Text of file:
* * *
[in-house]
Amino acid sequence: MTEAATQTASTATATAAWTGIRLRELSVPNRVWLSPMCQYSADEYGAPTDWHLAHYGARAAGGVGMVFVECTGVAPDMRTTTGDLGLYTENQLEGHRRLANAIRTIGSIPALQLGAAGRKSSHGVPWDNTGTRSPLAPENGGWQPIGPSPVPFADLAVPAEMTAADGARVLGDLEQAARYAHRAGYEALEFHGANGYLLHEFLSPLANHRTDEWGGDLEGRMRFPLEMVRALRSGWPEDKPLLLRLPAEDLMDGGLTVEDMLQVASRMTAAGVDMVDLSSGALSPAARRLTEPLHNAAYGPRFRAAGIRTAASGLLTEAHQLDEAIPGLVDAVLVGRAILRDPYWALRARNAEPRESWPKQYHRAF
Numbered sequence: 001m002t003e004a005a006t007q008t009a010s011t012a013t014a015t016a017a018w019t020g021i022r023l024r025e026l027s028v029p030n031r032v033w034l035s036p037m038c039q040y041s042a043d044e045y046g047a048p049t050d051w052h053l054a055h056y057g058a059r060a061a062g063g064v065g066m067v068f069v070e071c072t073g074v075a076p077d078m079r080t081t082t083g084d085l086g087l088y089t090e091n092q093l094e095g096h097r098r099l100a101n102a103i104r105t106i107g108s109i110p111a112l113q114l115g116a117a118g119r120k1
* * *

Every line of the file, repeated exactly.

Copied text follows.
[in-house]
Amino acid sequence: MTEAATQTASTATATAAWTGIRLRELSVPNRVWLSPMCQYSADEYGAPTDWHLAHYGARAAGGVGMVFVECTGVAPDMRTTTGDLGLYTENQLEGHRRLANAIRTIGSIPALQLGAAGRKSSHGVPWDNTGTRSPLAPENGGWQPIGPSPVPFADLAVPAEMTAADGARVLGDLEQAARYAHRAGYEALEFHGANGYLLHEFLSPLANHRTDEWGGDLEGRMRFPLEMVRALRSGWPEDKPLLLRLPAEDLMDGGLTVEDMLQVASRMTAAGVDMVDLSSGALSPAARRLTEPLHNAAYGPRFRAAGIRTAASGLLTEAHQLDEAIPGLVDAVLVGRAILRDPYWALRARNAEPRESWPKQYHRAF
Numbered sequence: 001m002t003e004a005a006t007q008t009a010s011t012a013t014a015t016a017a018w019t020g021i022r023l024r025e026l027s028v029p030n031r032v033w034l035s036p037m038c039q040y041s042a043d044e045y046g047a048p049t050d051w052h053l054a055h056y057g058a059r060a061a062g063g064v065g066m067v068f069v070e071c072t073g074v075a076p077d078m079r080t081t082t083g084d085l086g087l088y089t090e091n092q093l094e095g096h097r098r099l100a101n102a103i104r105t106i107g108s109i110p111a112l113q114l115g116a117a118g119r120k1